Lockheed Martin & Northrop Grumman: Two aerospace and defence companies taking flight

As more government funds are directed towards defence initiatives the world over, aerospace corporations are leveraged to significant industry growth. Few names are better known than Lockheed Martin (NYSE: LMT) and Northrop Grumman (NYSE: NOC). With the growing influence of technology in this segment, these companies are increasingly looking like growth stocks.

Lockheed Martin: the US contractor of choice servicing Australia’s military

Today worth US$111bn, Lockheed Martin is the world’s largest defence contractor. With close ties to the US government, it is the leading US federal contractor. LMT also works with other countries like Australia, to which it recently sent new F35 fighter jets. With 100,000 employees globally and over US$50bn in revenue, it marks a significant rise for what was previously two separate entities.

This includes Lockheed Corporation, developer of the C-130 Hercules military aircraft, and Martin Marietta, known for its missile developments and the Mars Polar Lander. Their merger in 1995 paved the way for a new era of security and technology developments, with current business separated into four divisions - aeronautics; space systems; rotary and mission systems; plus missiles and fire control. In the last seven years LMT stock has jumped more than 300%.

Northrop Grumman: from times of war to the lunar mission and beyond

Until their merger in 1994, both Northrop Corporation and Grumman Corporation were prominent military and civilian aircraft manufacturers. The two companies were responsible for some of the most well-known aviation developments, including Northrop’s F-5 fighter jets, and Grumman’s role as principal contractor for the Apollo Lunar Module.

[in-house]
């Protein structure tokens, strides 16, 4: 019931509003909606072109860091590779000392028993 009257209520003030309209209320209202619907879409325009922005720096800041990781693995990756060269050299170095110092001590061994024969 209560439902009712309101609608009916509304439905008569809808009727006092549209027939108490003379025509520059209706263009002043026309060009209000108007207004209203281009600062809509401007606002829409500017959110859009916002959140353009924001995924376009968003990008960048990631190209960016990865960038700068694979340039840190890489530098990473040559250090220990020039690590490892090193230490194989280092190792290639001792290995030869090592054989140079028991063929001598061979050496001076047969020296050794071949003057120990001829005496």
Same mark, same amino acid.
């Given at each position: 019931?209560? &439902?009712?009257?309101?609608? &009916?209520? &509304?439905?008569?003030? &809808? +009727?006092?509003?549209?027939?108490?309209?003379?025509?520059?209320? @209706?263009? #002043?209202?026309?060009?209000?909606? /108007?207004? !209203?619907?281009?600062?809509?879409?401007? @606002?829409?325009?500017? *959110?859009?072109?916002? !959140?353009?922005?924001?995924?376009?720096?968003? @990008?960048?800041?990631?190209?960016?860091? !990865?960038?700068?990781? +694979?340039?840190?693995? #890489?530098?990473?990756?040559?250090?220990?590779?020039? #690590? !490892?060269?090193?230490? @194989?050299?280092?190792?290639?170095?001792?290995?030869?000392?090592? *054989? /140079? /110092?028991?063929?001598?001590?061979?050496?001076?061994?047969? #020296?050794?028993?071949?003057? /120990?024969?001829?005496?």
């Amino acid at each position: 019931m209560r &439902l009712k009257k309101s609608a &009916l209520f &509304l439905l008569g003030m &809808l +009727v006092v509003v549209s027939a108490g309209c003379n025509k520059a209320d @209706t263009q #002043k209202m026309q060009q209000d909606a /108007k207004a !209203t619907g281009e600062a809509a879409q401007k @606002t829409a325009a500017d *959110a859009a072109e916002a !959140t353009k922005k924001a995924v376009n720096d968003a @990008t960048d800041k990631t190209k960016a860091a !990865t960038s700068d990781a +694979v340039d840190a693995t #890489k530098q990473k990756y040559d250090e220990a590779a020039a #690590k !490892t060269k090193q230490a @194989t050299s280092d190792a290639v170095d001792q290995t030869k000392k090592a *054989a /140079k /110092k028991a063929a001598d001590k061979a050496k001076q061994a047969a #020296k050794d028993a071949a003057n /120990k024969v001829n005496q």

Nowadays, the merged entity operates across four key divisions: aerospace systems, innovation systems; technology services; and mission systems. With over 85,000 employees and US$30bn in annual revenue, Northrop Grumman has become a mainstay of the US economy. As a result, it’s no surprise it is now valued in excess of US$60bn, with the stock up five-fold since 2013.

Leveraged to a backdrop of investment and unrest

Both Lockheed Martin and Northrop Grumman are vital contractors to uphold the security of the US, not to mention foreign allies as well. They are positioned within their respective markets at the forefront of sophisticated technology development. As defence budgets grow – especially for the US government under President Trump – each company can expect to remain an integral beneficiary of investment.

With tension, hostility and unrest building, this serves as a tailwind for the defence industry. In particular, recent events in the Gulf region – including the drone strike in Saudi Arabia – as well as Chinese territorial disputes and North Korea, mean an ever-growing need for state-of-the-art innovative defence solutions. If any of these conflicts escalate it will translate into growing military requirements and sales growth.

Cutting edge product development

Given their heavily diversified competencies, both Lockheed Martin and Northrop Grumman have multiple revenue streams to drive sustainable growth. Pipeline products look set to act as a catalyst.